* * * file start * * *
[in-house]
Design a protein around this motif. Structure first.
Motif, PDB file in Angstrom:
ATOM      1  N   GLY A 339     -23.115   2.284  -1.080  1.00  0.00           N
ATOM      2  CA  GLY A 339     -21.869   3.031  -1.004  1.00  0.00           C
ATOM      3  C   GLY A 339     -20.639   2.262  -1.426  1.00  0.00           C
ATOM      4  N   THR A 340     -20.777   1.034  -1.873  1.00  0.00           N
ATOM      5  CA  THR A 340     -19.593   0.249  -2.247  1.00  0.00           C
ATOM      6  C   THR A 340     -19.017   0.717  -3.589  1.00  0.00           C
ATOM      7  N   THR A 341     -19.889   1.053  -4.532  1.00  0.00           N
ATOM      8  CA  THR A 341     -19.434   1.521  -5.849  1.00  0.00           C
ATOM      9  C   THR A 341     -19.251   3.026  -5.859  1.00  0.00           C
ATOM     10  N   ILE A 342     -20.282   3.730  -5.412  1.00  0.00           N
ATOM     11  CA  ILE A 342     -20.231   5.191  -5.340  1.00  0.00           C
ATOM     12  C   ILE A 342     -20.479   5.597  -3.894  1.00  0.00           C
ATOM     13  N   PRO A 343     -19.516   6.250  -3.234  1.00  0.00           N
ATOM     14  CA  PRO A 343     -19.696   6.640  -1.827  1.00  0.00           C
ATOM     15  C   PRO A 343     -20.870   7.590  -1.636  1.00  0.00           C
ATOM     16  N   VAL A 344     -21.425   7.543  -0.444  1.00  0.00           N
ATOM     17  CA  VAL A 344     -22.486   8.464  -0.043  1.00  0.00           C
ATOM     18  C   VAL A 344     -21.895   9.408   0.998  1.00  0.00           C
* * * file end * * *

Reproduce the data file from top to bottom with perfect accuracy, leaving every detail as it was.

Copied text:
[in-house]
Design a protein around this motif. Structure first.
Motif, PDB file in Angstrom:
ATOM      1  N   GLY A 339     -23.115   2.284  -1.080  1.00  0.00           N
ATOM      2  CA  GLY A 339     -21.869   3.031  -1.004  1.00  0.00           C
ATOM      3  C   GLY A 339     -20.639   2.262  -1.426  1.00  0.00           C
ATOM      4  N   THR A 340     -20.777   1.034  -1.873  1.00  0.00           N
ATOM      5  CA  THR A 340     -19.593   0.249  -2.247  1.00  0.00           C
ATOM      6  C   THR A 340     -19.017   0.717  -3.589  1.00  0.00           C
ATOM      7  N   THR A 341     -19.889   1.053  -4.532  1.00  0.00           N
ATOM      8  CA  THR A 341     -19.434   1.521  -5.849  1.00  0.00           C
ATOM      9  C   THR A 341     -19.251   3.026  -5.859  1.00  0.00           C
ATOM     10  N   ILE A 342     -20.282   3.730  -5.412  1.00  0.00           N
ATOM     11  CA  ILE A 342     -20.231   5.191  -5.340  1.00  0.00           C
ATOM     12  C   ILE A 342     -20.479   5.597  -3.894  1.00  0.00           C
ATOM     13  N   PRO A 343     -19.516   6.250  -3.234  1.00  0.00           N
ATOM     14  CA  PRO A 343     -19.696   6.640  -1.827  1.00  0.00           C
ATOM     15  C   PRO A 343     -20.870   7.590  -1.636  1.00  0.00           C
ATOM     16  N   VAL A 344     -21.425   7.543  -0.444  1.00  0.00           N
ATOM     17  CA  VAL A 344     -22.486   8.464  -0.043  1.00  0.00           C
ATOM     18  C   VAL A 344     -21.895   9.408   0.998  1.00  0.00           C